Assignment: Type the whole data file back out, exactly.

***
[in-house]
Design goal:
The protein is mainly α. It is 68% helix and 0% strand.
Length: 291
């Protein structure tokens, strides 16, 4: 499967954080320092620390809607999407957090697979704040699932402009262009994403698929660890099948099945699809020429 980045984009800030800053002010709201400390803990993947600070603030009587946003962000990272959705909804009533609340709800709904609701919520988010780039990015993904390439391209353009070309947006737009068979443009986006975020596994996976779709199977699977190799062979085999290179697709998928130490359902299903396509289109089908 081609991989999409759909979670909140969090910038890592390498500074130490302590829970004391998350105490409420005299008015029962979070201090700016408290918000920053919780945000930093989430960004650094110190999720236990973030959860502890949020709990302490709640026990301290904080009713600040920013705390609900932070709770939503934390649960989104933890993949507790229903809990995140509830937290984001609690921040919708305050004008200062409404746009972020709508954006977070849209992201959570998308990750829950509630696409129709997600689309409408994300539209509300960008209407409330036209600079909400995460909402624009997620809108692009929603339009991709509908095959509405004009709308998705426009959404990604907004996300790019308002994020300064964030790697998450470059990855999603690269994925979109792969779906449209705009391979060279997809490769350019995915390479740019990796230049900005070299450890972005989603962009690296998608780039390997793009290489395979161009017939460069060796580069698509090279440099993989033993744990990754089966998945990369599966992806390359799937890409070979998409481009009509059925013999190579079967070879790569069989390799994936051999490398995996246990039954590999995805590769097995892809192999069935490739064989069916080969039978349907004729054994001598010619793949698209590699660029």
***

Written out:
[in-house]
Design goal:
The protein is mainly α. It is 68% helix and 0% strand.
Length: 291
């Protein structure tokens, strides 16, 4: 499967954080320092620390809607999407957090697979704040699932402009262009994403698929660890099948099945699809020429 980045984009800030800053002010709201400390803990993947600070603030009587946003962000990272959705909804009533609340709800709904609701919520988010780039990015993904390439391209353009070309947006737009068979443009986006975020596994996976779709199977699977190799062979085999290179697709998928130490359902299903396509289109089908 081609991989999409759909979670909140969090910038890592390498500074130490302590829970004391998350105490409420005299008015029962979070201090700016408290918000920053919780945000930093989430960004650094110190999720236990973030959860502890949020709990302490709640026990301290904080009713600040920013705390609900932070709770939503934390649960989104933890993949507790229903809990995140509830937290984001609690921040919708305050004008200062409404746009972020709508954006977070849209992201959570998308990750829950509630696409129709997600689309409408994300539209509300960008209407409330036209600079909400995460909402624009997620809108692009929603339009991709509908095959509405004009709308998705426009959404990604907004996300790019308002994020300064964030790697998450470059990855999603690269994925979109792969779906449209705009391979060279997809490769350019995915390479740019990796230049900005070299450890972005989603962009690296998608780039390997793009290489395979161009017939460069060796580069698509090279440099993989033993744990990754089966998945990369599966992806390359799937890409070979998409481009009509059925013999190579079967070879790569069989390799994936051999490398995996246990039954590999995805590769097995892809192999069935490739064989069916080969039978349907004729054994001598010619793949698209590699660029």